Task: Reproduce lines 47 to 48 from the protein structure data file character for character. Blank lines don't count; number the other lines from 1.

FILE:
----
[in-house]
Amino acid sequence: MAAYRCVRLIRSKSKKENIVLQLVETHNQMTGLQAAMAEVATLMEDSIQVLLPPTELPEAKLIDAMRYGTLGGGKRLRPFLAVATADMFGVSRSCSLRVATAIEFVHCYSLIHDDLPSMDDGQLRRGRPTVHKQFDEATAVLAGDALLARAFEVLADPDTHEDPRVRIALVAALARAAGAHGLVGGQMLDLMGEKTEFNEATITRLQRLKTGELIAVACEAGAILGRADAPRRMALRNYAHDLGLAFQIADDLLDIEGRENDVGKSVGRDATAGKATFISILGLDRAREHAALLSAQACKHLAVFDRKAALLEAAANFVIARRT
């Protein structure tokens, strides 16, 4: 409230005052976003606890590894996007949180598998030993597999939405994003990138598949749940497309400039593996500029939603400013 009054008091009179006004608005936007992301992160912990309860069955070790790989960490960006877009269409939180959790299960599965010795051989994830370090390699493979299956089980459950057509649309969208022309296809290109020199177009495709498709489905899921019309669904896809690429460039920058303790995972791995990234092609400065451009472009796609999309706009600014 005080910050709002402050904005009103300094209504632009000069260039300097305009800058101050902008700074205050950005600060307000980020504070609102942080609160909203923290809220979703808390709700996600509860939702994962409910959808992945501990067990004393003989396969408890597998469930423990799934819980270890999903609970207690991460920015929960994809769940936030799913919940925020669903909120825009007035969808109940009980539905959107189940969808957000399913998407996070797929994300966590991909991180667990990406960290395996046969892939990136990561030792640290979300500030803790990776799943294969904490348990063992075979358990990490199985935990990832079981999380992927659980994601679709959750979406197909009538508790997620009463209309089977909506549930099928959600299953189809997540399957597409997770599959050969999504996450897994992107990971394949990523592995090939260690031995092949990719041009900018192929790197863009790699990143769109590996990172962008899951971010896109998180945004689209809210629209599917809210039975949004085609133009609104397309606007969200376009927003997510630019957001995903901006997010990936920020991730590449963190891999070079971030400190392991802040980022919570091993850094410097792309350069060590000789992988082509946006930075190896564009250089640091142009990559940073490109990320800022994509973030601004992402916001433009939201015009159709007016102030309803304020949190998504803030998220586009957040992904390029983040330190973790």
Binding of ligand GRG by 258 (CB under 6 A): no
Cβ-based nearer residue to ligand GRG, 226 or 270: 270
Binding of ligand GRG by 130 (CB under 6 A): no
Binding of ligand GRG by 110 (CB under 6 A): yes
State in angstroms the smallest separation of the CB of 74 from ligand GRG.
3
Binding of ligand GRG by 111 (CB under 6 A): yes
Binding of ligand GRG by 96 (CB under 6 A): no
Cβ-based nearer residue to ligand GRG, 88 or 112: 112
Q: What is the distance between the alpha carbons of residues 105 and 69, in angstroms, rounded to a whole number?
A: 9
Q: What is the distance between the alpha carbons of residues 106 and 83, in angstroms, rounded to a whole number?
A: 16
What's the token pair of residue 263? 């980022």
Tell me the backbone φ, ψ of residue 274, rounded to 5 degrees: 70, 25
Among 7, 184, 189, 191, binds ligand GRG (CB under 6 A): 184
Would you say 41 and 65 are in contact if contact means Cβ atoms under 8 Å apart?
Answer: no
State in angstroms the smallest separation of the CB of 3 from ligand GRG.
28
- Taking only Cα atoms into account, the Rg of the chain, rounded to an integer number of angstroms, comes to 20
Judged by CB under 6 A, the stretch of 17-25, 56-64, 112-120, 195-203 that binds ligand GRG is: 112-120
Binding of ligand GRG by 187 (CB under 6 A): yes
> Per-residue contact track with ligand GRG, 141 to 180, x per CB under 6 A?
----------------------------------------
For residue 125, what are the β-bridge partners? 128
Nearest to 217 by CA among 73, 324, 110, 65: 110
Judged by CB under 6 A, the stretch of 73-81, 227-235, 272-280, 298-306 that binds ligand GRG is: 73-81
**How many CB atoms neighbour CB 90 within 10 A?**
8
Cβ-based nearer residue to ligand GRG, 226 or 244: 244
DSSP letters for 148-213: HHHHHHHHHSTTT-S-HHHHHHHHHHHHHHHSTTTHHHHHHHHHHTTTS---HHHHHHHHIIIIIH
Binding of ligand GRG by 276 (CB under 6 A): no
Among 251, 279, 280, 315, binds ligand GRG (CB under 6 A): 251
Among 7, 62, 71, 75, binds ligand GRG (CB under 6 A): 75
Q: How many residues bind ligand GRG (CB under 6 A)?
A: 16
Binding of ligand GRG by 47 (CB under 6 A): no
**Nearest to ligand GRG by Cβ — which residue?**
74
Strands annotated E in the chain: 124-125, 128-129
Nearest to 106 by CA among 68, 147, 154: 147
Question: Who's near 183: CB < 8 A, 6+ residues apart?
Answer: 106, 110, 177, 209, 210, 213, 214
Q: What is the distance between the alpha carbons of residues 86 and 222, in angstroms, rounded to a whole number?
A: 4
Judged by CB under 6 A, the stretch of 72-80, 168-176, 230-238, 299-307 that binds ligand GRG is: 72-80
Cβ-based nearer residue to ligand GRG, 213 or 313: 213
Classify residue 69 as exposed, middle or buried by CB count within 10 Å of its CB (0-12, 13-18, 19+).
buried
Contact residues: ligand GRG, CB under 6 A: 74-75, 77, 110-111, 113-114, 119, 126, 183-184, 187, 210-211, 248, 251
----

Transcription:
Answer: 106, 110, 177, 209, 210, 213, 214
Q: What is the distance between the alpha carbons of residues 86 and 222, in angstroms, rounded to a whole number?